Second, the Court indicates that it is not deciding whether SAG breached its duty of fair representation by failing to adequately notify Marquez of her rights under the Beck and General Motors cases. The NLRB has held that unions have an obligation to notify employees of such rights and it is currently in the process of defining the content of the notification right to give guidance to unions about what they must do to notify employees of their rights under these cases. The instant suit alleges that SAG failed to notify her of these rights, but that claim, too, is not before the Court. The Court of Appeals remanded that claim to the District Court for reconsideration.
With this background, the Court states that the question it is resolving comes into sharper focus. It notes that there is no disagreement about the substance of the obligations of the unions. If a union negotiates a union security clause, it must notify workers that they may satisfy the membership requirement by paying fees to support the union’s representational activities and it must enforce the clause in conformity with this notification. The only question presented by this case is whether the union breaches the duty of fair representation merely by negotiating a union security clause that uses the statutory language without expressly explaining, in the agreement, the refinements introduced in the General Motors and Beck decisions. Thus, Marquez’ claim is that even if the union has an exemplary notification procedure and even if the union enforces the union security clause in perfect conformity with federal law, the mere negotiation of a union security clause that tracks the language of the NLRA breaches the duty of fair representation.
This duty is breached when the conduct of a union toward a member of the bargaining unit is arbitrary, discriminatory or in bad faith. Because Marquez does not argue that the negotiation by SAG of the union security clause was discriminatory, the Court only considers whether SAG’s conduct was arbitrary or in bad faith.
After discussing relevant case law, the Court concludes that a union’s conduct can be classified as arbitrary only when it is without a rational basis or explanation. Under this standard, the negotiation by SAG of a union security clause with language derived from the NLRA section authorizing such a clause is far from arbitrary. The Court rejects Marquez’ argument that it is irrational to negotiate a clause that cannot be enforced as written by noting that the clause can be enforced as written, because by tracking the statutory language, the clause incorporates all of the refinements that have become associated with that language. It notes that the relevant provisions of section 8(a)(iii) have become terms of art; the words and phrasing of that section now encompass the rights that the Court announced in the General Motors and Beck cases – the right of an employee not to “join” the union (except by paying fees and dues) and the right of an employee to pay for only representational activities.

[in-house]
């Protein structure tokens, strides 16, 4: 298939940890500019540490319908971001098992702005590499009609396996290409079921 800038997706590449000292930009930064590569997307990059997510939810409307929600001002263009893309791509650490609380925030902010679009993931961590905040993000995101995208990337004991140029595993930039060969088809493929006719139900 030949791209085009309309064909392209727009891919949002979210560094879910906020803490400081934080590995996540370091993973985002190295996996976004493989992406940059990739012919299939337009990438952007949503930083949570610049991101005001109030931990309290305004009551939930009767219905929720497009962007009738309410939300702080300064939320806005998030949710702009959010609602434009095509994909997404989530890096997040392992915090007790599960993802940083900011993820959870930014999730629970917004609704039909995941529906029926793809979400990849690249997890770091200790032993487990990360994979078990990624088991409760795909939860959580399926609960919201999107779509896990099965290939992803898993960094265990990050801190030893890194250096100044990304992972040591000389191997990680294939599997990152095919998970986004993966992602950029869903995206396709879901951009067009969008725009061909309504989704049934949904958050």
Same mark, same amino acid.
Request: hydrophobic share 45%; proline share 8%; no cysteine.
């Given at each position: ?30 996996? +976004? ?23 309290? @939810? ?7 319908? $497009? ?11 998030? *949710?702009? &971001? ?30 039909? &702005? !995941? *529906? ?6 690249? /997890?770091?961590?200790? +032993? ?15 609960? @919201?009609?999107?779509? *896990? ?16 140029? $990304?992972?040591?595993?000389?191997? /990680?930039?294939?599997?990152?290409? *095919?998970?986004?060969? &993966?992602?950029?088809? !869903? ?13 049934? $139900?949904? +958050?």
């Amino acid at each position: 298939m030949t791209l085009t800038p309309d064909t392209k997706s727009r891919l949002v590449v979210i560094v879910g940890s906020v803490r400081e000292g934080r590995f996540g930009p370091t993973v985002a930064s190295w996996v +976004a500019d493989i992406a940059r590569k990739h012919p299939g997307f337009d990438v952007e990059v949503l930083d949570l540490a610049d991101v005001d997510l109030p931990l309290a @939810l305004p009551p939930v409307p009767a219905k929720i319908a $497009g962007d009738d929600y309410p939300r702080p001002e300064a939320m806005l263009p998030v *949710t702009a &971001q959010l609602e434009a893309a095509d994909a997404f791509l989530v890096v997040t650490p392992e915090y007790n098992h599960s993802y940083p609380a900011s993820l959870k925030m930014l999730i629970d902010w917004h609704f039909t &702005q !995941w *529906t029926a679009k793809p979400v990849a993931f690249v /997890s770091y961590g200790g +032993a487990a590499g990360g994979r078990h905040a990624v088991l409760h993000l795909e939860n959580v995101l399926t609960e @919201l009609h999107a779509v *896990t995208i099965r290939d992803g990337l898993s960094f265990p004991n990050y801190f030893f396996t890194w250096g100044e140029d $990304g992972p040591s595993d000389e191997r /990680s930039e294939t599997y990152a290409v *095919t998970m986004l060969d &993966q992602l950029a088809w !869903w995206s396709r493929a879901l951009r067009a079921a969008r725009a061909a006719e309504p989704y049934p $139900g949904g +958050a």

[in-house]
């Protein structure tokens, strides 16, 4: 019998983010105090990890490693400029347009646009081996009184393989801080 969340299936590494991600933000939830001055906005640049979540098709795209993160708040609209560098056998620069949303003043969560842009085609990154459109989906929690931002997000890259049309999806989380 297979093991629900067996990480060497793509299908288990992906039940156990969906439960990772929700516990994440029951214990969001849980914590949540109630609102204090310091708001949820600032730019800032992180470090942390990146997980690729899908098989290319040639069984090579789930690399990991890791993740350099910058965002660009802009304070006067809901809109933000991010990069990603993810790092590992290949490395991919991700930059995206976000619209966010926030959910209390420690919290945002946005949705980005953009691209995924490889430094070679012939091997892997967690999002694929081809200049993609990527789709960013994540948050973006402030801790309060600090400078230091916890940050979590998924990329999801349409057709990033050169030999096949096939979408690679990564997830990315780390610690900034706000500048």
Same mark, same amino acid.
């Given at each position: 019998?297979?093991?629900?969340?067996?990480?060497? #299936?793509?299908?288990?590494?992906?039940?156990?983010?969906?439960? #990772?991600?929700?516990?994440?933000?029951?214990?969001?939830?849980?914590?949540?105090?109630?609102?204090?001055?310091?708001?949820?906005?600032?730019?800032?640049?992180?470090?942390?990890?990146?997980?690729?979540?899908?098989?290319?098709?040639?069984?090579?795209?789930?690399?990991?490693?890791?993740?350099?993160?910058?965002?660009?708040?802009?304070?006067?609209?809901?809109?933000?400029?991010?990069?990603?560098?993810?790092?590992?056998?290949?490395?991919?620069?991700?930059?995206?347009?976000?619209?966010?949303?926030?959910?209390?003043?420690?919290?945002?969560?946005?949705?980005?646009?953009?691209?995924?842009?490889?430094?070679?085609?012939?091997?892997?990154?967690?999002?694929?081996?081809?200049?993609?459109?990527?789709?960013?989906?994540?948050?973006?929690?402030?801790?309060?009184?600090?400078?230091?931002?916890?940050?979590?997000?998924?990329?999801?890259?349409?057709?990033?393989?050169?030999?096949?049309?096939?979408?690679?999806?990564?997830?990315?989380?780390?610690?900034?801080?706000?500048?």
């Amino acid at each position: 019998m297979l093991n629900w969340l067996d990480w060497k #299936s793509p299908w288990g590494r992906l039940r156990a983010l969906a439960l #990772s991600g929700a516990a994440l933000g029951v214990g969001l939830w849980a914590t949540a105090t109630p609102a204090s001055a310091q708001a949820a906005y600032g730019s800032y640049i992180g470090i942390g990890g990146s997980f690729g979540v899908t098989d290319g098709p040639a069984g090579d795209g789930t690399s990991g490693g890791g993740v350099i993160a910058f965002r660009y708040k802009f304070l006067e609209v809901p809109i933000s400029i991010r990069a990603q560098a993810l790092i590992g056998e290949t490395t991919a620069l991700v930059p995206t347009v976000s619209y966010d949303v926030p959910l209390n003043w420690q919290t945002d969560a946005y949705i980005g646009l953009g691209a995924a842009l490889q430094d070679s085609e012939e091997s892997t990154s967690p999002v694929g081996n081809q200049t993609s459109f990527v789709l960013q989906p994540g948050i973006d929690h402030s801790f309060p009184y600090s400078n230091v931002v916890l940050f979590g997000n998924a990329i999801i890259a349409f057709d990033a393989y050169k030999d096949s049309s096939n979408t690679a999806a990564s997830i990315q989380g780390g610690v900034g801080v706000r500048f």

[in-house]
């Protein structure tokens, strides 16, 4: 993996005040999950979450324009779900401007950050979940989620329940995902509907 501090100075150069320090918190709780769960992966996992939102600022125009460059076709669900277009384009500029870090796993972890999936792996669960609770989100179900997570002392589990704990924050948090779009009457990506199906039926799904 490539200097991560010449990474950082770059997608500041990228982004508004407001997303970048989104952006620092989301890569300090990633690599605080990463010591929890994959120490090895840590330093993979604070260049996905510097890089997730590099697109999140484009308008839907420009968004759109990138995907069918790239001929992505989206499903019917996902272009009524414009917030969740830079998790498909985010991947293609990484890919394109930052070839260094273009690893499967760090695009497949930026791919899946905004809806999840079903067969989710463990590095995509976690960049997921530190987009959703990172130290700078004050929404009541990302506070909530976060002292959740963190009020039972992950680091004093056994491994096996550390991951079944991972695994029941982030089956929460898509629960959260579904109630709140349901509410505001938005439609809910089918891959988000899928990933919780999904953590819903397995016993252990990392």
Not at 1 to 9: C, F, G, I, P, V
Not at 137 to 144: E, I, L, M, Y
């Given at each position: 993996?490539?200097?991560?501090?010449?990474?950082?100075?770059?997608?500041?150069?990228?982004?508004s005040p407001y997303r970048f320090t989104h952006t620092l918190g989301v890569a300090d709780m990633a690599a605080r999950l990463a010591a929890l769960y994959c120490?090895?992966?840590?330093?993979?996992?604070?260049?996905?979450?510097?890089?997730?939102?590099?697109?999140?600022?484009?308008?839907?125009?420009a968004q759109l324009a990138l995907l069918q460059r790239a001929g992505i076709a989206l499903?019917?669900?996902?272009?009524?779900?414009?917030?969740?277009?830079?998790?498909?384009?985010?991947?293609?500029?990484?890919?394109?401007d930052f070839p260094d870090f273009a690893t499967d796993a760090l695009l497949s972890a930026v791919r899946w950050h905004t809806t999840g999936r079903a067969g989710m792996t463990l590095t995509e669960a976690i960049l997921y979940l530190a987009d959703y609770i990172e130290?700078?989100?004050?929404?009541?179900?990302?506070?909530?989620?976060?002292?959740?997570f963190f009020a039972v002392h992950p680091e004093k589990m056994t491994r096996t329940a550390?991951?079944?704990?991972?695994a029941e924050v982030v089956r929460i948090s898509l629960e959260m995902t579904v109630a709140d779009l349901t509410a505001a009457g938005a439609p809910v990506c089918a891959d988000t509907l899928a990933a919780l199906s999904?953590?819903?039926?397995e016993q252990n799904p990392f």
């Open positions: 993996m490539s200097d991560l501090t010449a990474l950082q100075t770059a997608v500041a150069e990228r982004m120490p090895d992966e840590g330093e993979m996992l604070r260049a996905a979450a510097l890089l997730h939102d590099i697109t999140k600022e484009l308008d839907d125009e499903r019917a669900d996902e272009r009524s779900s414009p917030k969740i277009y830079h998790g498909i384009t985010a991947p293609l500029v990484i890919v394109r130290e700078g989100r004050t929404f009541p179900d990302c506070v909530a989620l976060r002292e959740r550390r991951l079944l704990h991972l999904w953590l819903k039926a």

Marquez’ argument that the union security clause breached the duty of fair representation because it was done in bad faith is based on her contention that the union had no reason to use the statutory language except to mislead employees about their rights under the Beck and General Motors cases. The Court rejects this argument, indicating that first, there appears to be no intention to mislead workers and second, that because the statutory language which the Court has said incorporates all of the refinements associated with the language, is a shorthand description of workers’ legal rights and therefore might be used by the union precisely because it incorporates all of the refinements contained in the General Motors and Beck decisions. The decision states that with respect to the latter point, if it were to conclude otherwise, it would require unions (and all other contract drafters) to spell out all of the intricacies of every term used in a contract, thereby causing them to become massive and unwieldy treatises without any discernable benefit from the increased size.
Accordingly, the union’s conduct in negotiating a union security clause that tracks the statutory language can not be said to be either arbitrary or in bad faith and the Court of Appeals correctly rejected Marquez’ argument that, by negotiating this clause, the union breached its duty of fair representation.
The decision next examines the refusal of the Court of Appeals to exercise jurisdiction over Marquez’ challenge to the thirty-day grace period provision of the union security clause. The Court notes that Marquez is on solid ground to argue that if her challenge to the grace period provision is a duty of fair representation claim, the lower courts erred in refusing to exercise jurisdiction over that claim. However, as noted in the Beck case, employees may not circumvent the primary jurisdiction of the NLRB simply by casting statutory claims as violations of the union’s duty of fair representation. When a plaintiff’s only claim is that the union violated the NLRA, the plaintiff cannot avoid the jurisdiction of the NRLB by characterizing this alleged statutory violation as a breach of the duty of fair representation.
Here, Marquez’ challenge to the SAG grace period provision falls squarely within the primary jurisdiction of the NRLB. Her claim is that SAG employed a term in the collective bargaining agreement that was inconsistent with the NLRA. This allegation, although framed by the recitation that this act breached the duty of fair representation, is at best a claim that SAG’s conduct violated section 8(a)(iii). Such a claim is an issue for resolution by the NRLB and the Court affirms the decision of the Court of Appeals in this regard.
1 Marquez v. The Screen Actors Guild, Inc., et al., Supreme Court of the United States, No. 97-1056 (November 3, 1998).
2 373 U.S. 734(1963).
3 487 U.S. 735(1988).